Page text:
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    ABSTRACT: riving by visually impaired people using bioptic telescopes is permitted in 43 states, yet their use remains controversial. One of the concerns is that the ring scotoma (blind area caused by the telescope magnification) may block the field-of-view, impacting detection of potential hazards when looking through the telescope. We evaluated the ability of the non-telescope eye to detect hazards in the field-of-view covered by the ring scotoma. Three participants watched a series of 54 real world driving videos that included 45 potential hazardous events and pressed a button as soon as a hazard was detected, in three conditions: just watching the videos, and while performing a reading task without or with a bioptic telescope. Results showed that all participants had either reduced detection rates or increased reaction times to hazards when performing the reading task with a bioptic telescope. These preliminary results suggest that attention demanding tasks and viewing through the telescope might impair hazard detection ability. Additional study is needed to fully understand the safety of bioptic driving.
    7th International Driving Symposium on Human Factors in Driver Assessment, Training and Vehicle Design; 01/2013
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    • "Users may be particularly motivated to state how useful they are given that their licensure depends on their use of BTS when driving. Slightly over half report they wear BTS when driving (Bowers et al., 2005b), but once again there are no objective data to confirm self-reports. It remains to be determined to what extent BTS drivers actually wear and use BTS when driving and in what driving scenarios BTS are helpful from driver performance and safety perspectives. "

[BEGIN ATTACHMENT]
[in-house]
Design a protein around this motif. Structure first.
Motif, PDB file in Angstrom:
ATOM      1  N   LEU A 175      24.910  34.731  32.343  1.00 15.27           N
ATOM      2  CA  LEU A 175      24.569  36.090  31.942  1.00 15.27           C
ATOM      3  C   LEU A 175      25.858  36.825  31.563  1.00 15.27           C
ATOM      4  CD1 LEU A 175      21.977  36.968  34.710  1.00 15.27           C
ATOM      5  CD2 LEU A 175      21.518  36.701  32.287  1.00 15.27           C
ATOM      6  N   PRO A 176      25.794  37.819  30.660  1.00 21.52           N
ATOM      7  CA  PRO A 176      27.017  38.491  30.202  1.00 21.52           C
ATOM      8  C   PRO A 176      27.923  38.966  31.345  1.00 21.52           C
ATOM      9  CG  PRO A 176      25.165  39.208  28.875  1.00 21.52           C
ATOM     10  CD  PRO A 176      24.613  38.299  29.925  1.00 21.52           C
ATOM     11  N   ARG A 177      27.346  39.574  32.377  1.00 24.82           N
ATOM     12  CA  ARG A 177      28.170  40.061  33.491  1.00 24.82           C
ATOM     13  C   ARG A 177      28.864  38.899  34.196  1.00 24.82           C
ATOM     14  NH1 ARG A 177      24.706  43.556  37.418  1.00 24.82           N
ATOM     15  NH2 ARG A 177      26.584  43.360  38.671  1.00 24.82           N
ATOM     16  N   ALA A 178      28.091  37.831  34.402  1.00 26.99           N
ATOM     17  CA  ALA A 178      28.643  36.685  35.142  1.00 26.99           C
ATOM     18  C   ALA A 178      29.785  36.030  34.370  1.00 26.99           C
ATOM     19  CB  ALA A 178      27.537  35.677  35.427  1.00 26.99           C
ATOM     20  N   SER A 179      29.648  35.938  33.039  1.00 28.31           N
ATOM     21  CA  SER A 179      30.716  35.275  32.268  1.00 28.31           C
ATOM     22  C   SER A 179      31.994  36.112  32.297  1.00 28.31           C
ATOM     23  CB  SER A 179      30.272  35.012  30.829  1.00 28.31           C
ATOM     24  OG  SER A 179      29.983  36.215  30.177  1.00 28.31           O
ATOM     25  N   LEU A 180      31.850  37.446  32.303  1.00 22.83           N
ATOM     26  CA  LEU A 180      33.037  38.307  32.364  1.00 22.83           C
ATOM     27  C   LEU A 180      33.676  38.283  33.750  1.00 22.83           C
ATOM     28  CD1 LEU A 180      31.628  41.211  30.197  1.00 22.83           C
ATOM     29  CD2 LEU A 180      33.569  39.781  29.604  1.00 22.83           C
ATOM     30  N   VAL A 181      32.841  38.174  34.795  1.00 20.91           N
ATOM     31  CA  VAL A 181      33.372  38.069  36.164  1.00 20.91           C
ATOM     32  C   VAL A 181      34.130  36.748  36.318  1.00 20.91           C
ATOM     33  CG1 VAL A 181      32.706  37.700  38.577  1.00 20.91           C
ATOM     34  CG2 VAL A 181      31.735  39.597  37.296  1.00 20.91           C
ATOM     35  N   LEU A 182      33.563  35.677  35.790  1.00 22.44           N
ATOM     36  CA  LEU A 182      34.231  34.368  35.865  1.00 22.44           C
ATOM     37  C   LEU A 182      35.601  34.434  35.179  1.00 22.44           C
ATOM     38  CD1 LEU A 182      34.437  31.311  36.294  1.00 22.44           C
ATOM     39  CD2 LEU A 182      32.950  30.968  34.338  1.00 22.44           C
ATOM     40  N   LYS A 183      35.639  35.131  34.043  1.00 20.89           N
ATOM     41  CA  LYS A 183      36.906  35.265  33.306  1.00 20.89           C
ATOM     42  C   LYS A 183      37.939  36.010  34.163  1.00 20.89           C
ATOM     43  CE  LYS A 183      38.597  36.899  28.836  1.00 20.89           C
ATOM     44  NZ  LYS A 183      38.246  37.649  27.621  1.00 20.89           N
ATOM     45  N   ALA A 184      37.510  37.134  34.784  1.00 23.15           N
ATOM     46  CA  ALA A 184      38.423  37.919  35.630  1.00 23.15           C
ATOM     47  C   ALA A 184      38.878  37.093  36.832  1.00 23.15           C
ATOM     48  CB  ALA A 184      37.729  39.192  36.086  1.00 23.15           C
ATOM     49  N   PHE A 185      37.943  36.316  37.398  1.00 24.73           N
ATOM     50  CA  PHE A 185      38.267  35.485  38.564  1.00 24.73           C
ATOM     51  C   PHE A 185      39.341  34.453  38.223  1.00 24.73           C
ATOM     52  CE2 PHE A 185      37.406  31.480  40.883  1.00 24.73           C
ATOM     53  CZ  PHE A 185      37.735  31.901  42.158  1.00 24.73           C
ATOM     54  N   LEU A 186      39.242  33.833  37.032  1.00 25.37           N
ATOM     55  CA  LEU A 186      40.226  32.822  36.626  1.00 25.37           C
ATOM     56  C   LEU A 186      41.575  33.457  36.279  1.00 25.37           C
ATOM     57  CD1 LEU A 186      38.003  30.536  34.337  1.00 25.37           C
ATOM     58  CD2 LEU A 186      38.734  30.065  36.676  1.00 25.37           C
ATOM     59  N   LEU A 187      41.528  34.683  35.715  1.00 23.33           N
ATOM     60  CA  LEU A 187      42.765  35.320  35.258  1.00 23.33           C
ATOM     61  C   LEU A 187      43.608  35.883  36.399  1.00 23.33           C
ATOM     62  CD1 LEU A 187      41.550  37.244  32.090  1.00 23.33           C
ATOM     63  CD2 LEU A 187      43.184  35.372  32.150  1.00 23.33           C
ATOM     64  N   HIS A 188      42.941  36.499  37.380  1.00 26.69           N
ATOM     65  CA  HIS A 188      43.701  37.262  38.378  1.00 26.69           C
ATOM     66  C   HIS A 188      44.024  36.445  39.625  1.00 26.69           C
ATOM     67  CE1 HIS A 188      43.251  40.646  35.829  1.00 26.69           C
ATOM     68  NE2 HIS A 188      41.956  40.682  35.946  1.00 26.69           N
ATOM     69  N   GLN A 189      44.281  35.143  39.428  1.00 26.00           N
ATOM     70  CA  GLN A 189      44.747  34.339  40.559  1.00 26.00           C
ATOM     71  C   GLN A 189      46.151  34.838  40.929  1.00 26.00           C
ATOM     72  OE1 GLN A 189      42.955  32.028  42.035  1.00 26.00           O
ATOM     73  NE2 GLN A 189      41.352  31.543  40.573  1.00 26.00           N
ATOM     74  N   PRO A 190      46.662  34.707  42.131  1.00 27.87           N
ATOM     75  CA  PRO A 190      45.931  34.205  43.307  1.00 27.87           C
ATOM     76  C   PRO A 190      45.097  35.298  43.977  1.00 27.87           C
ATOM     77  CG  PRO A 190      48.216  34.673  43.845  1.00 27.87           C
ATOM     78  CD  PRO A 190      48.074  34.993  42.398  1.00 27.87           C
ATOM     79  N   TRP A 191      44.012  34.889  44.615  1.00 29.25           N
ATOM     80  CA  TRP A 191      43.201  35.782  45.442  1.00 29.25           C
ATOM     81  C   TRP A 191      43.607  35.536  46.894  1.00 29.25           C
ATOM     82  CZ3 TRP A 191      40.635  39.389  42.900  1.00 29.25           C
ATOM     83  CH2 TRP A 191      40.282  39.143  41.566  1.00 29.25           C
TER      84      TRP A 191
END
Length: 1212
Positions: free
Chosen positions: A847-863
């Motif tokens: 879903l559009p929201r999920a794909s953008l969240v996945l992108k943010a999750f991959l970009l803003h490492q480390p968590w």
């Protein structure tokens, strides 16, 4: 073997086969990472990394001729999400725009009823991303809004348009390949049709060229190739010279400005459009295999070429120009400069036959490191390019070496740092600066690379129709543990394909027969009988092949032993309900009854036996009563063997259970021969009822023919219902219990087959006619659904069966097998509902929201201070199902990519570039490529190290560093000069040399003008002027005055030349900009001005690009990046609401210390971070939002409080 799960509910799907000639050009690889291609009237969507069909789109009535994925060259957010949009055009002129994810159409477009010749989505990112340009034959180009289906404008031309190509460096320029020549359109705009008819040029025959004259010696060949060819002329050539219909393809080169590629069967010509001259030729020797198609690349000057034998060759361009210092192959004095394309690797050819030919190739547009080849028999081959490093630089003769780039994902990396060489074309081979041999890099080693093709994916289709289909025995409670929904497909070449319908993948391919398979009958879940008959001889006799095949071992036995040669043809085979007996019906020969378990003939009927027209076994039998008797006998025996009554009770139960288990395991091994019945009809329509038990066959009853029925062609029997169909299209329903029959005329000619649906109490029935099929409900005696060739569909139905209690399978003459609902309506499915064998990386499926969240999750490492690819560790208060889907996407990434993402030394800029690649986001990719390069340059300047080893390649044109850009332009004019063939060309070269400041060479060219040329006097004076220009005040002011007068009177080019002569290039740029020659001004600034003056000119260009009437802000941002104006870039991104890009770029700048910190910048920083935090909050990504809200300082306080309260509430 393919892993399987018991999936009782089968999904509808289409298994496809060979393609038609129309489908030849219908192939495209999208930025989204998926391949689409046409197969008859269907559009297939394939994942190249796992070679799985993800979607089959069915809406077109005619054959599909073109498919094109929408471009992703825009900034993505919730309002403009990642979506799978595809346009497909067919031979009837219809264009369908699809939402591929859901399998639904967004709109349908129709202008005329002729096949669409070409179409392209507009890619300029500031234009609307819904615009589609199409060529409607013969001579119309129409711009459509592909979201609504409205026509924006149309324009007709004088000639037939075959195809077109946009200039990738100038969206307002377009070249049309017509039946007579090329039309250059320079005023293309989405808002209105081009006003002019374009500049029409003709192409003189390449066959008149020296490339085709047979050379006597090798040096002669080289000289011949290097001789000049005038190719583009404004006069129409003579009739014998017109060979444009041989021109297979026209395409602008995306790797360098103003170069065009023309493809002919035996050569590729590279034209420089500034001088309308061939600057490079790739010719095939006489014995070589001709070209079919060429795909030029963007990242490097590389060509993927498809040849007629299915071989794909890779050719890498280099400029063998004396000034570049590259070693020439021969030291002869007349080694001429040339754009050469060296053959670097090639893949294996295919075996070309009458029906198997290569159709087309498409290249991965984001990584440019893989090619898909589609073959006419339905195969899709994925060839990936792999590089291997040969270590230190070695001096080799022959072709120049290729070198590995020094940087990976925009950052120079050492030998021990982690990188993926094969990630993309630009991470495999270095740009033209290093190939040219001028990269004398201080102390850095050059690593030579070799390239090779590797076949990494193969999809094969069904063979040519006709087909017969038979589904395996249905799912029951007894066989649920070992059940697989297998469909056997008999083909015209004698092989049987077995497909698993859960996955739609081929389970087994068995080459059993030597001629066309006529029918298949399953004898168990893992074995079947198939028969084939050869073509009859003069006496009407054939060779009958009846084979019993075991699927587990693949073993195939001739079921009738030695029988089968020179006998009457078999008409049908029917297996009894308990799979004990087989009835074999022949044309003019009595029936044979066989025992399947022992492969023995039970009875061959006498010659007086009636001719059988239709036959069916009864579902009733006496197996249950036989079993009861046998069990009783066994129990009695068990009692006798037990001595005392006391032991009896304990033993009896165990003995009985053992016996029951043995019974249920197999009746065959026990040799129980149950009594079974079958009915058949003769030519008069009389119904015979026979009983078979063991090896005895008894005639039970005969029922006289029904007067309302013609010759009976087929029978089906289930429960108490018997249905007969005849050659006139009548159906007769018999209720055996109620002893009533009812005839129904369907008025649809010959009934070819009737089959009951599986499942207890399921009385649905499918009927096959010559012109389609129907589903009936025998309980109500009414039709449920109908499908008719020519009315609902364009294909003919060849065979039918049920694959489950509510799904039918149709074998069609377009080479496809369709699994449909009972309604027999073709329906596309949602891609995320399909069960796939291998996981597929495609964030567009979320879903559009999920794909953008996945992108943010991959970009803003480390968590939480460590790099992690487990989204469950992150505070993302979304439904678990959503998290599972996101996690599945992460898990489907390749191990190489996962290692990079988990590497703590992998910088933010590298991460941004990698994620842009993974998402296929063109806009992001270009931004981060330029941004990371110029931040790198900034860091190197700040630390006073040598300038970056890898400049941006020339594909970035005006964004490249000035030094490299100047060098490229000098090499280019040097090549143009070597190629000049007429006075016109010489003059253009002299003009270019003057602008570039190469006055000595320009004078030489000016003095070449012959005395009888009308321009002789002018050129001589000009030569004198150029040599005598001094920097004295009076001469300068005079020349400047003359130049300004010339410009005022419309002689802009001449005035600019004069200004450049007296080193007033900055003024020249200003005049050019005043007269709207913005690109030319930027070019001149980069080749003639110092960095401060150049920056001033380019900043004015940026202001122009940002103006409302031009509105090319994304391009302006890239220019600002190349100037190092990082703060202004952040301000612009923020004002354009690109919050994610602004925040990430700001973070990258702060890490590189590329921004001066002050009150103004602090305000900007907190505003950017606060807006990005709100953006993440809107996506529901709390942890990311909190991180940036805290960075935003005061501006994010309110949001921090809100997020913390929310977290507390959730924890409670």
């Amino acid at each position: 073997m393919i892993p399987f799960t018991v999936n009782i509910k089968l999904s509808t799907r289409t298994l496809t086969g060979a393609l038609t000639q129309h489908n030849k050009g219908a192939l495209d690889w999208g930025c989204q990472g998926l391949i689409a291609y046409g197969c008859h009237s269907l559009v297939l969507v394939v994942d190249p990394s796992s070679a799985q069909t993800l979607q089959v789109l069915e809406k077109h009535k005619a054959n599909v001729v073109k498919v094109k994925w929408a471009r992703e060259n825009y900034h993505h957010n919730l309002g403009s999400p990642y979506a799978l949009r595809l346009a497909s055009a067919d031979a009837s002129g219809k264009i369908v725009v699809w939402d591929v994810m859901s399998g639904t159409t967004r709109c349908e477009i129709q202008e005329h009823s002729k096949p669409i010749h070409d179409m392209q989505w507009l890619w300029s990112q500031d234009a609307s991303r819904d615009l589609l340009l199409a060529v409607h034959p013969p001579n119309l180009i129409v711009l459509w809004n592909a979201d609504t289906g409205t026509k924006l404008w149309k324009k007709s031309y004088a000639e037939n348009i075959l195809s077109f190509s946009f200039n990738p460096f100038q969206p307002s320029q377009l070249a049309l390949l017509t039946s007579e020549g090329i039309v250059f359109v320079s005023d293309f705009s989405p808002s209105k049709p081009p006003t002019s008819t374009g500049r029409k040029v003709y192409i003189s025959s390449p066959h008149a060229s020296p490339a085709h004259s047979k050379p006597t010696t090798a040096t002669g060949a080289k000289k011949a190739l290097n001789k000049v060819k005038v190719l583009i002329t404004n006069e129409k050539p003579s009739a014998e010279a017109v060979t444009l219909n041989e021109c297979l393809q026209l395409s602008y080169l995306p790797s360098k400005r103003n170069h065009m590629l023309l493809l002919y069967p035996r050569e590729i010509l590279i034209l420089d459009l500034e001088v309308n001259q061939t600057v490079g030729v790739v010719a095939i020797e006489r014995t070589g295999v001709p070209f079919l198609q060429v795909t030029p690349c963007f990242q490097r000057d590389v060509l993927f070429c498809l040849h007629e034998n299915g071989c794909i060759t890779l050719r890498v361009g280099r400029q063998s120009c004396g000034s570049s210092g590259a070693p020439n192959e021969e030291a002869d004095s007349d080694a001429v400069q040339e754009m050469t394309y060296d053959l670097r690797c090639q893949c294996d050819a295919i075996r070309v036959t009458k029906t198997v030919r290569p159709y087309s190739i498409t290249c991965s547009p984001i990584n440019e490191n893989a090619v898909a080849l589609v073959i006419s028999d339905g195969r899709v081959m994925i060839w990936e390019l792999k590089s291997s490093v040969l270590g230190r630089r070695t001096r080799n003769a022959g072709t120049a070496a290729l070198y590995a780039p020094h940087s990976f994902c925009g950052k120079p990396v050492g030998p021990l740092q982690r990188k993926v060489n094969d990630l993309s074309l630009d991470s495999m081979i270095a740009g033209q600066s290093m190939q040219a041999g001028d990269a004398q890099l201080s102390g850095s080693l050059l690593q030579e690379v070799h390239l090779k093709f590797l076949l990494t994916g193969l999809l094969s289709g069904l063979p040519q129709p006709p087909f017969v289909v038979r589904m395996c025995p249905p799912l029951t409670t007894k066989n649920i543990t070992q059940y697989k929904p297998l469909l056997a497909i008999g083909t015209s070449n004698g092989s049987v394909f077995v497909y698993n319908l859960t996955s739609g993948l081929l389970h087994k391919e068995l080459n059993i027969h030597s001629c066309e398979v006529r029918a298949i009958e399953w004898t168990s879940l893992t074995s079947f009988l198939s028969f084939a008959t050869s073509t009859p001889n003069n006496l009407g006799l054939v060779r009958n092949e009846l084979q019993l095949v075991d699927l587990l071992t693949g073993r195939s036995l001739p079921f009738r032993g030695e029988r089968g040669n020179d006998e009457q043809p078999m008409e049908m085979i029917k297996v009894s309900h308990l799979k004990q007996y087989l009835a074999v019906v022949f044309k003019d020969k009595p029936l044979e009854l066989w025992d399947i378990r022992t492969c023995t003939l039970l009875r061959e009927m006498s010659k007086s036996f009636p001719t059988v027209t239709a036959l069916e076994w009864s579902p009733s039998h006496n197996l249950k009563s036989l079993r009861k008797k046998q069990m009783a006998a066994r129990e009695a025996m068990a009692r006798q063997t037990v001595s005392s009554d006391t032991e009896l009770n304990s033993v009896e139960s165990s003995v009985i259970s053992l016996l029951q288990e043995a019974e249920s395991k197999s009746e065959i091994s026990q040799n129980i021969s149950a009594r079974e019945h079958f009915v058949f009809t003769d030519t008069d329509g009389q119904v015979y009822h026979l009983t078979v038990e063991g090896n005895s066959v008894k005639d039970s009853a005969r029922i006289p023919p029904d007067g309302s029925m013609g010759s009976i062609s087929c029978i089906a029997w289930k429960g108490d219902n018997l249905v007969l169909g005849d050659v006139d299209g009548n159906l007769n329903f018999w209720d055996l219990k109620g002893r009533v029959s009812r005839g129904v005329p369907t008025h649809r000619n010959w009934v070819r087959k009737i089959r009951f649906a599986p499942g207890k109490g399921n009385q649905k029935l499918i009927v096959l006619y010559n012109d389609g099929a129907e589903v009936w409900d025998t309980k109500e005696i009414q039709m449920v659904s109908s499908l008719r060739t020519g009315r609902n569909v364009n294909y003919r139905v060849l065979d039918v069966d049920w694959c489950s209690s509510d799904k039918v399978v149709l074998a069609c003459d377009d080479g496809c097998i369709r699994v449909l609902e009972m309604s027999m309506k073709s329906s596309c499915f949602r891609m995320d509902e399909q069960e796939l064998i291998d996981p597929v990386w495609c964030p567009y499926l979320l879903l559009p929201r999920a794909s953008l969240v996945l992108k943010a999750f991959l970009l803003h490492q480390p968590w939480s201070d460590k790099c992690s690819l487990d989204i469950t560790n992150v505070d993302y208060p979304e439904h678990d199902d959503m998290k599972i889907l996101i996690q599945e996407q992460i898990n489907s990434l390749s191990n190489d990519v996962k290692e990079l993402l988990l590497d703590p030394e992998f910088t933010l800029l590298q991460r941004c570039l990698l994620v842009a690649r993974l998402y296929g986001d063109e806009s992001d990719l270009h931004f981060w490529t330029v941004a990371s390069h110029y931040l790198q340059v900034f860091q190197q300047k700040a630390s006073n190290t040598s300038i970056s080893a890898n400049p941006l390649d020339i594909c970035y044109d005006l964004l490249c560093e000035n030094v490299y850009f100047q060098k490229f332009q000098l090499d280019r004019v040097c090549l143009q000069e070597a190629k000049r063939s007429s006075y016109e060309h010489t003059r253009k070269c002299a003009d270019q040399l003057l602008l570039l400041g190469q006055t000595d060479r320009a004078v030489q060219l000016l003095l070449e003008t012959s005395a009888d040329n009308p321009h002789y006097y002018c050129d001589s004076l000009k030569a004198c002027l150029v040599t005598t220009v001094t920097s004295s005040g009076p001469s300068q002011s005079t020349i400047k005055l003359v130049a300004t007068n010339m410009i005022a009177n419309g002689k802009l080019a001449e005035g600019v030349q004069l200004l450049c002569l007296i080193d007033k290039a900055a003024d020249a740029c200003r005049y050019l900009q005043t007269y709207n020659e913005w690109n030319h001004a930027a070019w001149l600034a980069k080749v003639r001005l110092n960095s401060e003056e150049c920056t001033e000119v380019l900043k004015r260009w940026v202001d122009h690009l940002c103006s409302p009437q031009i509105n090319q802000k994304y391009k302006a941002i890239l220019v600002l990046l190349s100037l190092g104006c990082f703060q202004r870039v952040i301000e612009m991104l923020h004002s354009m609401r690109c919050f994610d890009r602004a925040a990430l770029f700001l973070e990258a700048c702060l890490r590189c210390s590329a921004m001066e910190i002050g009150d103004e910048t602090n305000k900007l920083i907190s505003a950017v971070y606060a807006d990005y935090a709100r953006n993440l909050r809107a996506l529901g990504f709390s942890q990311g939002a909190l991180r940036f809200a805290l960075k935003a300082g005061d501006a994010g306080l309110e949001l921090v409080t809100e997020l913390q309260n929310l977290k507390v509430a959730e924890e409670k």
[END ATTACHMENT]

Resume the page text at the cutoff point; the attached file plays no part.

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    ABSTRACT: Driving is the primary means of personal travel in many countries and relies heavily on vision for its successful execution. Research over the past few decades has addressed the role of vision in driver safety (motor vehicle collision involvement) and in driver performance (both on-road and using interactive simulators in the laboratory). Here we critically review what is currently known about the role of various aspects of visual function in driving. We also discuss translational research issues on vision screening for licensure and re-licensure and rehabilitation of visually impaired persons who want to drive.
    Vision research 11/2010; 50(23):2348-61. DOI:10.1016/j.visres.2010.05.021 · 1.82 Impact Factor
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    • "Although data on the ages of those who use bioptics for driving are limited, the surveys that have been conducted (Bowers et al., 2005; Park, Unatin, & Park, 1995) have suggested that the vast majority of bioptic drivers are not older adults with AMD, but young and middle-aged adults with earlyonset retinal degenerations. Clinical anecdotes are consistent with this finding. "
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    ABSTRACT: This article reviews the research literature on driving and age-related macular degeneration, which is motivated by the link between driving and the quality of life of older adults and their increased collision rate. It addresses the risk of crashes, driving performance, driving difficulty, self-regulation, and interventions to enhance, safety, and considers directions for future research.